For thousands of years the human race has looked to the night sky and wondered if there were other civilizations in the universe. All of the stars we see, which is only a limited number compared to all of the stars in the universe, are suns just like our sun. Actually some of the stars are much larger than our sun, others are smaller. But could they have planets orbiting them just like the planets in our solar system orbit our sun?
Consider these mind-blowing estimates: the Milky Way galaxy, of which our solar system is a member, is estimated to contain 200 to 400 billion stars. And it is estimated that there may be 100 to 200 billion galaxies in the universe. The odds are pretty good that other planets are out there. And there could be life on some of those planets.
A few years ago the Kepler Space Telescope was put into space to look for planets orbiting distant stars. This telescope is looking at 150,000 stars in a part of the sky containing the constellations Cygnus and Lyra. The mission is designed to measure a dip in brightness in these stars, a result of a planet orbiting the star and passing between the star and the telescope.
This is a drawing of the Keppler Space Telescope. Courtesy of NASA.
Just because there is a dimming of the star when the planet makes a "transit" is no guarantee of an actual planet. Kepler needs three such observations of dimming, plus confirmation of these observations by the Spitzer Space Telescope and ground-based telescopes.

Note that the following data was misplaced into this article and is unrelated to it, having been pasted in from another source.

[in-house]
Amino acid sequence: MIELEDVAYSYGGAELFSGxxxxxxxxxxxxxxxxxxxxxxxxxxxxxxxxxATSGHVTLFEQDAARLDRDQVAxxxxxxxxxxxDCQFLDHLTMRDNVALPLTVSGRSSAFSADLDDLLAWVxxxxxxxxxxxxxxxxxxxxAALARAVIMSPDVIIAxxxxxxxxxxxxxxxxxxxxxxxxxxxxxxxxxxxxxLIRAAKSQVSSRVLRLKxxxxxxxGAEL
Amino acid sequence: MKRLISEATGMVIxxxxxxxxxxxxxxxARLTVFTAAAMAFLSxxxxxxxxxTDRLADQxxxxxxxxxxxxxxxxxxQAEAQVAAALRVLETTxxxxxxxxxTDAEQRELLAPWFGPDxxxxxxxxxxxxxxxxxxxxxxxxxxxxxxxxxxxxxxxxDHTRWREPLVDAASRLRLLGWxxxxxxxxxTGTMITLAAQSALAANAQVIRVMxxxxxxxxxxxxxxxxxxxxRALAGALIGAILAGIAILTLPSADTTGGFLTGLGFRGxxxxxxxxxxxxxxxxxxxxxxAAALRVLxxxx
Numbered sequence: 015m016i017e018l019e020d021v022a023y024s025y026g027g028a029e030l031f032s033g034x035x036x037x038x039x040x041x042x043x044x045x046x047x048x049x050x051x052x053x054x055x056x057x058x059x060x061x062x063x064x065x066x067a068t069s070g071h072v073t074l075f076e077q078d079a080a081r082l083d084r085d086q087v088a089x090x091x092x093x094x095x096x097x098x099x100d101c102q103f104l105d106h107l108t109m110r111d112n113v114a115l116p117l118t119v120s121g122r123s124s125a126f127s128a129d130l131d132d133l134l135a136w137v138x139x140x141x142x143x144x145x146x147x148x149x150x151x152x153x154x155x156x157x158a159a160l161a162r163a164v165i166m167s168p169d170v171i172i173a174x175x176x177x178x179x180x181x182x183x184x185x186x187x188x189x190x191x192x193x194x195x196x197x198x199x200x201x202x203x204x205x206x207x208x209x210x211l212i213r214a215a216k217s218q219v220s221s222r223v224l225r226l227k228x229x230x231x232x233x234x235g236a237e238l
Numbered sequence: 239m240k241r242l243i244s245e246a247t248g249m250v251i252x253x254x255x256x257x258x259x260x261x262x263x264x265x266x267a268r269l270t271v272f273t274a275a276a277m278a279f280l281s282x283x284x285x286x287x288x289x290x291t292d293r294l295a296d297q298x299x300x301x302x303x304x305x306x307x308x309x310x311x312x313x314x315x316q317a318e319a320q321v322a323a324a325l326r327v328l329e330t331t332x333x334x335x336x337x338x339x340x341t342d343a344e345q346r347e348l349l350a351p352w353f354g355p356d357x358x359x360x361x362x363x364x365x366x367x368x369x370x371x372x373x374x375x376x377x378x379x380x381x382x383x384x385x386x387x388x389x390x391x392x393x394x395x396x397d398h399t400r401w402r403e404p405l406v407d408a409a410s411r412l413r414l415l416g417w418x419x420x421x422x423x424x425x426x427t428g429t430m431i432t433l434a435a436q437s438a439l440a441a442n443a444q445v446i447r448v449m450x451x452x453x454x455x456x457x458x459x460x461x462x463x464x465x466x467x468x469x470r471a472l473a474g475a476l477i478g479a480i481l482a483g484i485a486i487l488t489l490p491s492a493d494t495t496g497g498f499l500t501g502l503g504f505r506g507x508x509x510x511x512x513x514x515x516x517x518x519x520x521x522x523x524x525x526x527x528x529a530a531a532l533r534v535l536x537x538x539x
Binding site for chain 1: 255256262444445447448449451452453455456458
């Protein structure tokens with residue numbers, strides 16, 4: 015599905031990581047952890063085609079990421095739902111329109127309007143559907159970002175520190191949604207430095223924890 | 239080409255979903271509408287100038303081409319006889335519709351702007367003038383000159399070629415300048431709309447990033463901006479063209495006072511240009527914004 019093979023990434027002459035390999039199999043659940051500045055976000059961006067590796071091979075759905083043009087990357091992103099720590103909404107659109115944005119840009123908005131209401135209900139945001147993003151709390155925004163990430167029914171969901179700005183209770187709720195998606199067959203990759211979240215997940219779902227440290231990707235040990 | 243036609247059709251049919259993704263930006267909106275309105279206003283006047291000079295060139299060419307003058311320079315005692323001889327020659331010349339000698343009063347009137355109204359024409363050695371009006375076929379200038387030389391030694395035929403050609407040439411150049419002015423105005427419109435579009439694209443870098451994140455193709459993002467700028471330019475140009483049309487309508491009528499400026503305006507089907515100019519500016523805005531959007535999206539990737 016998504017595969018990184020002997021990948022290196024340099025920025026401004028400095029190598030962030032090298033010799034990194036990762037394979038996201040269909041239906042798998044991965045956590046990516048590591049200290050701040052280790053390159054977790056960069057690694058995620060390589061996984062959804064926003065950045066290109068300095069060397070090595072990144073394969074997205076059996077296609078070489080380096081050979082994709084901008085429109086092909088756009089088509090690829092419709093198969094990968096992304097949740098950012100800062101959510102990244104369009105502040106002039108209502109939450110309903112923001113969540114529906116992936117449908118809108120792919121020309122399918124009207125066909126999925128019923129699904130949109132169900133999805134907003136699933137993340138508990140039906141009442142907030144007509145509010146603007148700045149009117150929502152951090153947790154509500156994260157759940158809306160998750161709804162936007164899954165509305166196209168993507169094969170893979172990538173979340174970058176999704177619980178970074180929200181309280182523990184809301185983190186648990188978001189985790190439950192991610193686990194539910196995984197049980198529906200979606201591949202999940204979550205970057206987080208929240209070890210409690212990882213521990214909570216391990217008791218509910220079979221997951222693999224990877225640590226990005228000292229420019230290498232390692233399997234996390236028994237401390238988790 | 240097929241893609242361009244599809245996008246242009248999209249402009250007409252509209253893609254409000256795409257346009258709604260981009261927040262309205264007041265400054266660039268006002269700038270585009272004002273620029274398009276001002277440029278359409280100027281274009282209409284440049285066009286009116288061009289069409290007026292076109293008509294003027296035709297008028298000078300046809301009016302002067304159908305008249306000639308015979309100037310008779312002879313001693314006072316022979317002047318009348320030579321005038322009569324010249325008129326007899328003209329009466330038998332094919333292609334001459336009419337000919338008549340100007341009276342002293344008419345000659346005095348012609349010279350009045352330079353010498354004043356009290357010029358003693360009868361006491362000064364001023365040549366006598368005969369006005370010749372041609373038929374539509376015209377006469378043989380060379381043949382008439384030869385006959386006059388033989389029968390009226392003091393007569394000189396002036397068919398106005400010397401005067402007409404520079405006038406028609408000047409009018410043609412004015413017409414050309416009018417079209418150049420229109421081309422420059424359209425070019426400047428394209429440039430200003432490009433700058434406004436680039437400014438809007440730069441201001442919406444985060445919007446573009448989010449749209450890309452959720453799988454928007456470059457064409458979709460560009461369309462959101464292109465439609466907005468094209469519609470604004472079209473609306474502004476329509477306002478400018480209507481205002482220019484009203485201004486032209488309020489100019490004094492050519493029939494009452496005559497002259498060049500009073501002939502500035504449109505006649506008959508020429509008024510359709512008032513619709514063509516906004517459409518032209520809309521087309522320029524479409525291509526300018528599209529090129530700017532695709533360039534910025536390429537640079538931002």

So far Kepler has discovered 28 confirmed planets and 1235 candidate planets. The latest news is huge. Kepler-22b (not a very cool name) is in the "habitable zone" of it's parent star, about 600 light years from Earth. This is the zone where it is not too hot or too cold but just right for water to be present. (Earth is the habitable zone planet in our solar system, fortunately for us!)
Kepler-22b is larger than Earth and orbits its star every 290 days. The host star is the same type as our Sun, a G-type star, but is slightly smaller and cooler.
The photo at the top of this blog is an artist's rendering of what the planet may look like. Astronomers don't know if it even has a surface. Perhaps it is all gas like Jupiter, Saturn, Uranus, and Neptune in our solar system. Or perhaps it has a solid surface like Mercury, Venus, Earth and Mars.
To read more about the exciting Kepler mission and their discoveries of planets beyond our solar system, go to their home page HERE.
The orbit of Kepler-22b around its central star compared to our solar system and the orbits of the first four planets closest to the Sun. Note that Kepler-22b orbits its star at approximately the same distance as Earth orbits the Sun. Courtesy of NASA.